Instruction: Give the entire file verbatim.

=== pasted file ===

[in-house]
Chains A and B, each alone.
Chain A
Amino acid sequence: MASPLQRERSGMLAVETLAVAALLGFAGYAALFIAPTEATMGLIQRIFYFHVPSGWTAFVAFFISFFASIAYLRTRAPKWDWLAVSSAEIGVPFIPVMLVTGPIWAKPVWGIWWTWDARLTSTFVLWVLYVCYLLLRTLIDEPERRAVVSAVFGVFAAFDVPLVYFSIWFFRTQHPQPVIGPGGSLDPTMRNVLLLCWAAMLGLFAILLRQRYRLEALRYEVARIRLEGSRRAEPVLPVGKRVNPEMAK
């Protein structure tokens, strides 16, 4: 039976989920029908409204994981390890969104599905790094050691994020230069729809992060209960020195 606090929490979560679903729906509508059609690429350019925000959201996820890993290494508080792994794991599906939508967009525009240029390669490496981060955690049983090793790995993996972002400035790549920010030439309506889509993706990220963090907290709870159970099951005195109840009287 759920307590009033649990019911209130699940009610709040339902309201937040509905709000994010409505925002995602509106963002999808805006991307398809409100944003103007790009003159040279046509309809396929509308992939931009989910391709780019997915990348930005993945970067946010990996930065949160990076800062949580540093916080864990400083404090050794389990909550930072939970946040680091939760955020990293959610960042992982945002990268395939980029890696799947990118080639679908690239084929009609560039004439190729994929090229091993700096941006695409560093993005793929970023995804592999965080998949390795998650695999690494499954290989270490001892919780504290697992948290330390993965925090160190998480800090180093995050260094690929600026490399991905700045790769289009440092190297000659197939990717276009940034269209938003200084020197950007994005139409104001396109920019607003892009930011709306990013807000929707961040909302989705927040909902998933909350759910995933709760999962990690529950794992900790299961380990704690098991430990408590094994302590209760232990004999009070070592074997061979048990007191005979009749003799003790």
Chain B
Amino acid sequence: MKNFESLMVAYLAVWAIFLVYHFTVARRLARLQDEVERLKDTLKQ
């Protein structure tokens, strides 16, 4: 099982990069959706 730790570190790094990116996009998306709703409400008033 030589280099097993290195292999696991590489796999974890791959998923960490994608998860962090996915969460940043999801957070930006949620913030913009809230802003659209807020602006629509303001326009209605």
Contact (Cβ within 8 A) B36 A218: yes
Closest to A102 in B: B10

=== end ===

[in-house]
Chains A and B, each alone.
Chain A
Amino acid sequence: MASPLQRERSGMLAVETLAVAALLGFAGYAALFIAPTEATMGLIQRIFYFHVPSGWTAFVAFFISFFASIAYLRTRAPKWDWLAVSSAEIGVPFIPVMLVTGPIWAKPVWGIWWTWDARLTSTFVLWVLYVCYLLLRTLIDEPERRAVVSAVFGVFAAFDVPLVYFSIWFFRTQHPQPVIGPGGSLDPTMRNVLLLCWAAMLGLFAILLRQRYRLEALRYEVARIRLEGSRRAEPVLPVGKRVNPEMAK
């Protein structure tokens, strides 16, 4: 039976989920029908409204994981390890969104599905790094050691994020230069729809992060209960020195 606090929490979560679903729906509508059609690429350019925000959201996820890993290494508080792994794991599906939508967009525009240029390669490496981060955690049983090793790995993996972002400035790549920010030439309506889509993706990220963090907290709870159970099951005195109840009287 759920307590009033649990019911209130699940009610709040339902309201937040509905709000994010409505925002995602509106963002999808805006991307398809409100944003103007790009003159040279046509309809396929509308992939931009989910391709780019997915990348930005993945970067946010990996930065949160990076800062949580540093916080864990400083404090050794389990909550930072939970946040680091939760955020990293959610960042992982945002990268395939980029890696799947990118080639679908690239084929009609560039004439190729994929090229091993700096941006695409560093993005793929970023995804592999965080998949390795998650695999690494499954290989270490001892919780504290697992948290330390993965925090160190998480800090180093995050260094690929600026490399991905700045790769289009440092190297000659197939990717276009940034269209938003200084020197950007994005139409104001396109920019607003892009930011709306990013807000929707961040909302989705927040909902998933909350759910995933709760999962990690529950794992900790299961380990704690098991430990408590094994302590209760232990004999009070070592074997061979048990007191005979009749003799003790």
Chain B
Amino acid sequence: MKNFESLMVAYLAVWAIFLVYHFTVARRLARLQDEVERLKDTLKQ
């Protein structure tokens, strides 16, 4: 099982990069959706 730790570190790094990116996009998306709703409400008033 030589280099097993290195292999696991590489796999974890791959998923960490994608998860962090996915969460940043999801957070930006949620913030913009809230802003659209807020602006629509303001326009209605």
Contact (Cβ within 8 A) B36 A218: yes
Closest to A102 in B: B10